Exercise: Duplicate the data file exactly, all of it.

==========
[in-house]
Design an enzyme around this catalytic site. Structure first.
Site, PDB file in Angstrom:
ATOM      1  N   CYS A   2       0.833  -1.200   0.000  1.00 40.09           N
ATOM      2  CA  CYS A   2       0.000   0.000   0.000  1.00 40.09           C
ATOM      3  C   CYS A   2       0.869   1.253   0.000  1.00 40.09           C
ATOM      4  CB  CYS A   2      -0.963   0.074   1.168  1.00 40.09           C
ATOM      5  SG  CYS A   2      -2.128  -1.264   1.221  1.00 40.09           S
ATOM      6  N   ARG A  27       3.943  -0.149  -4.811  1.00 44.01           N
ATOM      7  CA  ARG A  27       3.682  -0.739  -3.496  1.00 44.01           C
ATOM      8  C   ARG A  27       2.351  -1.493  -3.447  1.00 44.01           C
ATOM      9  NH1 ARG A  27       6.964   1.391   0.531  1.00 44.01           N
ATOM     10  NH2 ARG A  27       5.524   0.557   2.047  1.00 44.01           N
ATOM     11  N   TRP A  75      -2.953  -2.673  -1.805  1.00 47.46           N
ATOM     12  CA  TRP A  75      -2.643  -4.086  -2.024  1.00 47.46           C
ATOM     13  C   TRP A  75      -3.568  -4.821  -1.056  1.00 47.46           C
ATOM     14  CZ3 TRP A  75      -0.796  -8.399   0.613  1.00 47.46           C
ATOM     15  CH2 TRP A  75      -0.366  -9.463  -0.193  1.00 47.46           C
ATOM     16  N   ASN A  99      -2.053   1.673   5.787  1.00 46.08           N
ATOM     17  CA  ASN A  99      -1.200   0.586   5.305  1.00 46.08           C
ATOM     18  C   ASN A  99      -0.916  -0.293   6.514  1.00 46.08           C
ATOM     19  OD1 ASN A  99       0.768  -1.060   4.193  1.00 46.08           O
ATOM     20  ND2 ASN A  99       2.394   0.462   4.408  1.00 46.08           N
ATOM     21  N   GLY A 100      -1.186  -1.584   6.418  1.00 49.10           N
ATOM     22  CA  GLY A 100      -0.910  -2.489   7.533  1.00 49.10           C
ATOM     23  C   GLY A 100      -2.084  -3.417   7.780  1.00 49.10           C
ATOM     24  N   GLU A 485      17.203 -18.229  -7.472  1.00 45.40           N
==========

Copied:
[in-house]
Design an enzyme around this catalytic site. Structure first.
Site, PDB file in Angstrom:
ATOM      1  N   CYS A   2       0.833  -1.200   0.000  1.00 40.09           N
ATOM      2  CA  CYS A   2       0.000   0.000   0.000  1.00 40.09           C
ATOM      3  C   CYS A   2       0.869   1.253   0.000  1.00 40.09           C
ATOM      4  CB  CYS A   2      -0.963   0.074   1.168  1.00 40.09           C
ATOM      5  SG  CYS A   2      -2.128  -1.264   1.221  1.00 40.09           S
ATOM      6  N   ARG A  27       3.943  -0.149  -4.811  1.00 44.01           N
ATOM      7  CA  ARG A  27       3.682  -0.739  -3.496  1.00 44.01           C
ATOM      8  C   ARG A  27       2.351  -1.493  -3.447  1.00 44.01           C
ATOM      9  NH1 ARG A  27       6.964   1.391   0.531  1.00 44.01           N
ATOM     10  NH2 ARG A  27       5.524   0.557   2.047  1.00 44.01           N
ATOM     11  N   TRP A  75      -2.953  -2.673  -1.805  1.00 47.46           N
ATOM     12  CA  TRP A  75      -2.643  -4.086  -2.024  1.00 47.46           C
ATOM     13  C   TRP A  75      -3.568  -4.821  -1.056  1.00 47.46           C
ATOM     14  CZ3 TRP A  75      -0.796  -8.399   0.613  1.00 47.46           C
ATOM     15  CH2 TRP A  75      -0.366  -9.463  -0.193  1.00 47.46           C
ATOM     16  N   ASN A  99      -2.053   1.673   5.787  1.00 46.08           N
ATOM     17  CA  ASN A  99      -1.200   0.586   5.305  1.00 46.08           C
ATOM     18  C   ASN A  99      -0.916  -0.293   6.514  1.00 46.08           C
ATOM     19  OD1 ASN A  99       0.768  -1.060   4.193  1.00 46.08           O
ATOM     20  ND2 ASN A  99       2.394   0.462   4.408  1.00 46.08           N
ATOM     21  N   GLY A 100      -1.186  -1.584   6.418  1.00 49.10           N
ATOM     22  CA  GLY A 100      -0.910  -2.489   7.533  1.00 49.10           C
ATOM     23  C   GLY A 100      -2.084  -3.417   7.780  1.00 49.10           C
ATOM     24  N   GLU A 485      17.203 -18.229  -7.472  1.00 45.40           N